MADISON, Wis. (AP)—For No. 11 Iowa to rally on the road and keep its perfect record intact, tight end Tony Moeaki couldn’t stay quiet.
Held without a catch in the first half as Iowa fell behind by a touchdown to Wisconsin, Moeaki caught the game-tying score early in the third quarter and made another impressive catch to set up a field goal later in the half as the Hawkeyes came back to win 20-10 Saturday to go 7-0.
It was the third long touchdown reception in the past two games for Moeaki, who also caught a pair of scores in the Hawkeyes’ victory over Michigan last week.
“He was running down the field and it was a one-on-one situation,” quarterback Ricky Stanzi said. “You’d like to think that he can make the play. I just threw it up there and he made a great adjustment.”
The Hawkeyes (7-0) took the lead on a 10-yard touchdown run by Adam Robinson early in the fourth quarter and their defense did the rest, holding the Badgers scoreless in the second half.
Stanzi was 17 of 23 for 218 yards and a touchdown, Derrell Johnson-Koulianos caught eight passes for 113 yards and cornerback Amari Spievey had two interceptions.
With Ohio State’s loss to Purdue, the Hawkeyes (3-0 Big Ten) now are in the driver’s seat for the conference championship and a BCS bowl berth. They’ve shown plenty of poise on the road along the way, having rallied from a 10-0 deficit at Penn State earlier this season.
Iowa coach Kirk Ferentz also said his team was dealing with the flu this week, although he didn’t discuss specifics.
“It’s reflective of our team,” Ferentz said. “We keep pushing forward.”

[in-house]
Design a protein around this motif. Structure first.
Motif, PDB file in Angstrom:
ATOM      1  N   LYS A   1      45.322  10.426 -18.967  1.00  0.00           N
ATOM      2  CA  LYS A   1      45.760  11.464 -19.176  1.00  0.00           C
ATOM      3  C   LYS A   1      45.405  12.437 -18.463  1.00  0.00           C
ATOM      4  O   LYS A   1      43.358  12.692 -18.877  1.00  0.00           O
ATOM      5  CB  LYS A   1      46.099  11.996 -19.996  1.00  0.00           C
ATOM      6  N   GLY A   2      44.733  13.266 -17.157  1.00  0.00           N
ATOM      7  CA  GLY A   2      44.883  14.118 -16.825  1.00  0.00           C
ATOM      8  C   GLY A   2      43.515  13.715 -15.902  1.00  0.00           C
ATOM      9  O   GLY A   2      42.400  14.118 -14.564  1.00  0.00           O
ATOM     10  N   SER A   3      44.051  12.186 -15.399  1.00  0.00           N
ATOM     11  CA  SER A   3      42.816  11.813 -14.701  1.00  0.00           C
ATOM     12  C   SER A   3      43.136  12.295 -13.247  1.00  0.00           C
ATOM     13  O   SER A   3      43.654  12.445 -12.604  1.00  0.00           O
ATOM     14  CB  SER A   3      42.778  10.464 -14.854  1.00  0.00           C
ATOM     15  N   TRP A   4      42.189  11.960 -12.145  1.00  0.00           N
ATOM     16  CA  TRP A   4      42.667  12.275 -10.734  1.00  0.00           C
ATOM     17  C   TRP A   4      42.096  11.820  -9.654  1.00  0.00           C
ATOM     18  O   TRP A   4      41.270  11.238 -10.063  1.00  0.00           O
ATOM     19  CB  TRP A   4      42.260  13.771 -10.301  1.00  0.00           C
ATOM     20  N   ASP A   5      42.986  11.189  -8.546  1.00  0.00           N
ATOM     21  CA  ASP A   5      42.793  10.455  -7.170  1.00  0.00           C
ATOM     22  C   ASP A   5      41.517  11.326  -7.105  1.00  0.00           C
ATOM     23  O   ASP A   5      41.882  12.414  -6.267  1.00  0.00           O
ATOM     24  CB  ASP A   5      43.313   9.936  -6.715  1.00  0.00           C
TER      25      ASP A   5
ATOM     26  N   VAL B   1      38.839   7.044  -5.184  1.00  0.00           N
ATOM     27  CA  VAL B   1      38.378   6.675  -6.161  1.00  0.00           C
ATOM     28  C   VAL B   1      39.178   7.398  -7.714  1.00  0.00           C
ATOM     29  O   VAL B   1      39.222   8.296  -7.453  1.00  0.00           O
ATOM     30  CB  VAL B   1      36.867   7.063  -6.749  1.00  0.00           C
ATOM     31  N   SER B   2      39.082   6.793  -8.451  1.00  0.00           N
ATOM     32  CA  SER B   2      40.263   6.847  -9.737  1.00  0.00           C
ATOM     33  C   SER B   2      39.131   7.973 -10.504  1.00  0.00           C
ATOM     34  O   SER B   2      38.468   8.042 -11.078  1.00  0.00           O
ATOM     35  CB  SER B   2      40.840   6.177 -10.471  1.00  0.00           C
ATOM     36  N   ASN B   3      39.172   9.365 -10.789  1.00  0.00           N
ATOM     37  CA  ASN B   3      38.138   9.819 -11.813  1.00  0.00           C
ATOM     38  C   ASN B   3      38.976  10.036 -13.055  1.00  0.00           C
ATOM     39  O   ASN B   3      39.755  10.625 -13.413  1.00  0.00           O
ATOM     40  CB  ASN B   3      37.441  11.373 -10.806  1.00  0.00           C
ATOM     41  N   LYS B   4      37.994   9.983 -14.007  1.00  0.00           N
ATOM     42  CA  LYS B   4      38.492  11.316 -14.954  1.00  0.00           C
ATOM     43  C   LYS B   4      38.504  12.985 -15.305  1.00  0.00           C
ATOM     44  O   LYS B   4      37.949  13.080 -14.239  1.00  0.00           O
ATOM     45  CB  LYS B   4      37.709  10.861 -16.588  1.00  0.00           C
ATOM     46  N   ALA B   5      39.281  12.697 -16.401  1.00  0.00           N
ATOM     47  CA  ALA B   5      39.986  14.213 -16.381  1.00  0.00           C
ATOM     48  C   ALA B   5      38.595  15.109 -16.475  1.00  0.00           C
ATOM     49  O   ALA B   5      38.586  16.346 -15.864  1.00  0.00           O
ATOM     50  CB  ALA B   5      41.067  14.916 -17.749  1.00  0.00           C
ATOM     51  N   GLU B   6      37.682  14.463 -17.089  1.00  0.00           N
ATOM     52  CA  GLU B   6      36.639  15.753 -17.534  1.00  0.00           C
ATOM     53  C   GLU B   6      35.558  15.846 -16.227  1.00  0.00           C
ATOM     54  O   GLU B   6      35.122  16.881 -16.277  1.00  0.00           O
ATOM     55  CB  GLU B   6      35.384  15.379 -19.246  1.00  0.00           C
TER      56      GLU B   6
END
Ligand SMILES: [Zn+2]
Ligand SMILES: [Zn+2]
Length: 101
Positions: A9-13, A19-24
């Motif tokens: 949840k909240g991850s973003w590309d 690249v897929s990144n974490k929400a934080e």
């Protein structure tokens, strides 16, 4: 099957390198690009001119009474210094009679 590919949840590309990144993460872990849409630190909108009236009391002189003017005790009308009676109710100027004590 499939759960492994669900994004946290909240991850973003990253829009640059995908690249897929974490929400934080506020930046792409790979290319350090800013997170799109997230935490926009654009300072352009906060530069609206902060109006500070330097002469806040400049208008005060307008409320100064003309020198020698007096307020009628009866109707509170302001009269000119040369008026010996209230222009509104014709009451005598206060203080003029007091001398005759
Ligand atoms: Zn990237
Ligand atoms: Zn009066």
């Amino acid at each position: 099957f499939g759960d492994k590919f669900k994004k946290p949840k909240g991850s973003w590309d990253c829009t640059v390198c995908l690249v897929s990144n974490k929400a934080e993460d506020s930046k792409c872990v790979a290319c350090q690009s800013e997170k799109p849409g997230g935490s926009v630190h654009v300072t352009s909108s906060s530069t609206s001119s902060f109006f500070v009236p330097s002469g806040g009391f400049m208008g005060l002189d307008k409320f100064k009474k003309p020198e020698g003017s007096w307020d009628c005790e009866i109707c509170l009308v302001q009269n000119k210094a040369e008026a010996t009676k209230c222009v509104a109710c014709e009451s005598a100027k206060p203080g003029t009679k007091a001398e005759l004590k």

Meanwhile, Wisconsin (5-2, 2-2) squandered a chance to make some noise in the Big Ten title race. Facing a fairly soft schedule the remainder of the season, a win Saturday might have made the Badgers a surprise contender.
Instead they’re left wondering what has happened to their offense, which looked surprisingly strong early on but now has wilted against back-to-back ranked opponents.
“We have an opportunity to come back home here against Purdue and see exactly where we are going to finish in this league,” Badgers coach Bret Bielema said. “Early indications are that these guys are going to battle back.”
The Badgers have managed only one offensive touchdown in their last two games, Montee Ball’s 10-yard run in the second quarter Saturday; their lone touchdown in a loss to Ohio State last week came off a fake field goal.
Scott Tolzien, whose production in the passing game was a decisive factor in Wisconsin’s 5-0 start to the season, was held to 143 yards passing and threw three interceptions against Iowa.
“I take it all on myself,” Tolzien said. “The protection was good and it was bonehead decisions on my part.”
Wisconsin began the game by tearing holes in Iowa’s defense, with John Clay running for 58 yards on 10 carries in the first quarter. But Clay hurt his leg in the second quarter and didn’t seem to be the same runner the rest of the game. He finished with 75 yards rushing.
Down 10-3 at the half, Spievey picked off a pass from Tolzien near midfield. Iowa drove to the Wisconsin 24, where Stanzi faced a third-and-7. Under heavy pressure, Stanzi rolled out and heaved deep to Moeaki, who made a tough catch in the corner of the end zone for a touchdown.
“Spievey picks it off and boom, we’re in the end zone,” Ferentz said. “We needed something positive to happen at that point.”
Stanzi then was sacked and fumbled deep in his own territory on the Hawkeyes’ next possession, but the Badgers’ offense stalled and Wisconsin kicker Philip Welch missed a 38-yard field goal attempt.
That allowed Iowa to take control with a seven-play, 79-yard drive that ended with Robinson’s go-ahead touchdown run—a reward for Ferentz, who stuck with the run despite watching his team gain only 23 yards rushing in the first half.
Then Moeaki made another big play midway through the fourth quarter, a tough catch in traffic to convert a third-and-13 play despite being interfered with. The catch set up a career-long 48-yard field goal by Daniel Murray.
“It’s extremely frustrating for us to play so well in the first half and come out in the second half and do what we did,” Wisconsin defensive end J.J. Watt said.
Tolzien threw two interceptions in the final five minutes, one to linebacker A.J. Edds and the other to Spievey.
Iowa keeps the Heartland Trophy—a bronze bull statue—and takes a 42-41-2 lead in what had been a deadlocked all-time series between the two conference rivals.